Skip to content

D.C. Advocates Fear Gun Amendment on Budget

Washington, D.C., residents and gun safety advocates went door to door on Capitol Hill on Monday, lobbying against rumored efforts to attach a controversial gun amendment to the city’s budget.

The House Appropriations Committee is scheduled to consider the D.C. budget Tuesday night, and Republicans are expected to offer a slew of amendments to limit city spending on such controversial issues as abortion and needle exchange programs.

So far, no Member has announced plans to offer an amendment that would change D.C.’s gun laws. But D.C. advocacy groups are nonetheless worried that pro-gun Members could try to attach a provision similar to the one that has stalled the D.C. House Voting Rights Act.

“Really what we’re doing is proactive,— said Ladd Everitt, spokesman for the Coalition to Stop Gun Violence. “We do not have any specific knowledge of anything. There’s just general rumblings.—

The District’s budget must be approved by Congress, and Members often use the opportunity to slip in restrictions. For example, in recent years Congress has banned the city from holding a referendum on medical marijuana and from using funds on needle exchange programs.

The Appropriations Subcommittee on Financial Services approved a bill last month that ends those bans, and Republicans will most likely try to reinsert them at Tuesday’s full committee markup.

But it’s the possibility of a gun amendment that most concerns D.C. officials. Mayor Adrian Fenty (D) sent a letter last week to subcommittee Chairman José Serrano (D-N.Y.) asking for a bill “without additional provisions that restrict the District’s basic right to self-determination.—

“Specifically, I ask that you and your colleagues reject any amendments to this year’s bill that attempt to weaken or replace the District’s laws governing the ownership and use of firearms,— Fenty wrote.

DC Vote also joined the pre-emptive fight, visiting Congressional offices and urging the group’s members to pressure Congress. The group has repeatedly fought against such efforts since Sen. John Ensign (R-Nev.) successfully attached a gun amendment to the Senate’s version of the D.C. House Voting Rights Act.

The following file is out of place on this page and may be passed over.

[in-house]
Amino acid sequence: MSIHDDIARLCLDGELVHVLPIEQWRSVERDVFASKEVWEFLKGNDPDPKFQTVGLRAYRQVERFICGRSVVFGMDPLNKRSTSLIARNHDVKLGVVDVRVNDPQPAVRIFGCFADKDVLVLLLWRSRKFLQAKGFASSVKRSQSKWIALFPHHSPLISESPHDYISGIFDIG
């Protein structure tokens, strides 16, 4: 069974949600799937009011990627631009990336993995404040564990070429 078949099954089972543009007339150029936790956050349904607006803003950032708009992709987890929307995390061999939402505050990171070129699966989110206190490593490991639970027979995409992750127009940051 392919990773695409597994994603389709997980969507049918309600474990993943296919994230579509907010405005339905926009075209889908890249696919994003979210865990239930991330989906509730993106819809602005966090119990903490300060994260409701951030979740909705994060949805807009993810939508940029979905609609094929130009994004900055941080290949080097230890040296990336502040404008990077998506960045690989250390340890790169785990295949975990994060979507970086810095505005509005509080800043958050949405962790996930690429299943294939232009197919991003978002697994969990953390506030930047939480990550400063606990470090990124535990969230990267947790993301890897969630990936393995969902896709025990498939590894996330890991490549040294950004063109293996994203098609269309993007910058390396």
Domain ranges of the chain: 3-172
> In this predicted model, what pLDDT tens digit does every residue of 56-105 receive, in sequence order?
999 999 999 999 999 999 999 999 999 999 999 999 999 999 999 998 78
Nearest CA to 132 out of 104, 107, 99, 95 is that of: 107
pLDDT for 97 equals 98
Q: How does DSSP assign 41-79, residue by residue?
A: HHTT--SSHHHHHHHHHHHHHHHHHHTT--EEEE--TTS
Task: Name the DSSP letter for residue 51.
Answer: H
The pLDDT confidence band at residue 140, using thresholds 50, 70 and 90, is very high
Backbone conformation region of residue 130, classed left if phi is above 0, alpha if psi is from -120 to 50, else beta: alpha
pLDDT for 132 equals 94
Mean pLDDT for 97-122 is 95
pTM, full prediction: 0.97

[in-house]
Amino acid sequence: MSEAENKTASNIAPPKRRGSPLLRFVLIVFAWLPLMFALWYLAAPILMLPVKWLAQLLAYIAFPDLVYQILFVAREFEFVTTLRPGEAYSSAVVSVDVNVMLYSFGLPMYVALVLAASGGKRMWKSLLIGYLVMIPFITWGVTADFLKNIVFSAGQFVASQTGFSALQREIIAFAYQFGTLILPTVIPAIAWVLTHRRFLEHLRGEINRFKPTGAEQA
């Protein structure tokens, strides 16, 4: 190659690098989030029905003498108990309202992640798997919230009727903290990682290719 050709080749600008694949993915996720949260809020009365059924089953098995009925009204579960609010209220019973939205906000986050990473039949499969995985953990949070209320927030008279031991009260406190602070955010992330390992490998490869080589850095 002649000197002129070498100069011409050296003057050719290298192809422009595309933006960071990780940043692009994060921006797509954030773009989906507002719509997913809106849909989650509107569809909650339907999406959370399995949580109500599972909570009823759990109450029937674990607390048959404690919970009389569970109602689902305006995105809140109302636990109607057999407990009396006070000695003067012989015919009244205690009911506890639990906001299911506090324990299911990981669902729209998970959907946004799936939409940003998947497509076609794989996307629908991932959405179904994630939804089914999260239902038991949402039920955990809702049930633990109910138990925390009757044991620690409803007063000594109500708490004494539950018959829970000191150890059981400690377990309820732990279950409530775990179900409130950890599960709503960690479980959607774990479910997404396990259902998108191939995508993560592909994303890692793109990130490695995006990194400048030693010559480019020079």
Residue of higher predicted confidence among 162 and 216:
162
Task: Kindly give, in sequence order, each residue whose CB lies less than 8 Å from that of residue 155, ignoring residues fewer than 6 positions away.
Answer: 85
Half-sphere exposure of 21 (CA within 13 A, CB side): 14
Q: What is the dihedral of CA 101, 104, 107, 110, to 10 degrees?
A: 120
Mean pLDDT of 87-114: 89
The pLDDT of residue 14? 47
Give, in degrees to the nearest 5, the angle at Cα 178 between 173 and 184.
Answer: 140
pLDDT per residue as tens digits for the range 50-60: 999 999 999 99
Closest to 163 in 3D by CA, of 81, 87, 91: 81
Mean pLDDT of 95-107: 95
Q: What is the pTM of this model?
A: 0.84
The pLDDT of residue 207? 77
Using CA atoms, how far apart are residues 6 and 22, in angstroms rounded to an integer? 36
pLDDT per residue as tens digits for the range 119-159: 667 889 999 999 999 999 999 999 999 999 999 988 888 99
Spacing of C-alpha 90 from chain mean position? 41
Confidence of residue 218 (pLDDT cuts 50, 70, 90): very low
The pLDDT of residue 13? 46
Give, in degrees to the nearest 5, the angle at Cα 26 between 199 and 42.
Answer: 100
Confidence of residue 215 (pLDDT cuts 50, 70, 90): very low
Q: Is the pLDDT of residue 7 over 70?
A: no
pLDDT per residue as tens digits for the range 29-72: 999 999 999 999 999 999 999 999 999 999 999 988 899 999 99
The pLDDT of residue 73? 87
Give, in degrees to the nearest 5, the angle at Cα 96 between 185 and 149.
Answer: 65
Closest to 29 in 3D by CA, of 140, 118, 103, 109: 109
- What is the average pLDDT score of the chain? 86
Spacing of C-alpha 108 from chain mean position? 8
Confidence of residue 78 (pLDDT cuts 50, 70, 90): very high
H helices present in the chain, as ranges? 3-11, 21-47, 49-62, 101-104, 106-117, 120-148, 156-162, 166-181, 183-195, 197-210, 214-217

The bill — which would give D.C. its first-ever voting Representative — recently stalled in the House. Supporters decided to temporarily shelve the bill to avoid an overhaul of the city’s gun restrictions.

The D.C. budget, however, is a must-pass bill, and some residents worry that pressure from the National Rifle Association means passage of a gun amendment is possible.

DC Vote Executive Director Ilir Zherka said in a statement that there was a “real possibility— that the NRA would pressure Members to add a gun amendment. But by the end of the day on Monday, DC Vote officials said they hadn’t found any such efforts.

“We do not know if it will be offered,— said Eugene Kinlow, DC Vote’s public affairs director. “There was nothing in the meetings we took with Republicans or Democrats that indicated that the NRA was making a move.—

But, he said, the powerful gun lobby has proved to be “prepared beyond expectations in a lot of situations.—

“We just wanted to make sure we were ahead of the curve if that’s even possible,— he said.

Kinlow and Everitt said they also tried to pre-empt any arguments for a gun amendment, emphasizing the fact that D.C. has enacted new gun laws since a 2008 Supreme Court ruling overturned the city’s gun laws at the time.

“We’re just trying to distribute information and make sure folks are educated on the issue,— Everitt said. “The provisions [D.C. officials] have now enacted have been enacted by many, many states throughout the country.—

Recent Stories

Supreme Court casts doubt on agency enforcement actions without juries

Drama ahead of third Santos expulsion vote

Ousted as speaker, McCarthy has not decided about reelection

Is 2024 the year for a third-party candidate to break through with dissatisfied voters?

White House goes at ‘MAGA’ Boebert over opposition to Biden agenda in Colorado

Speaker Mike Johnson invokes ‘reason for the season’ at Capitol Christmas Tree lighting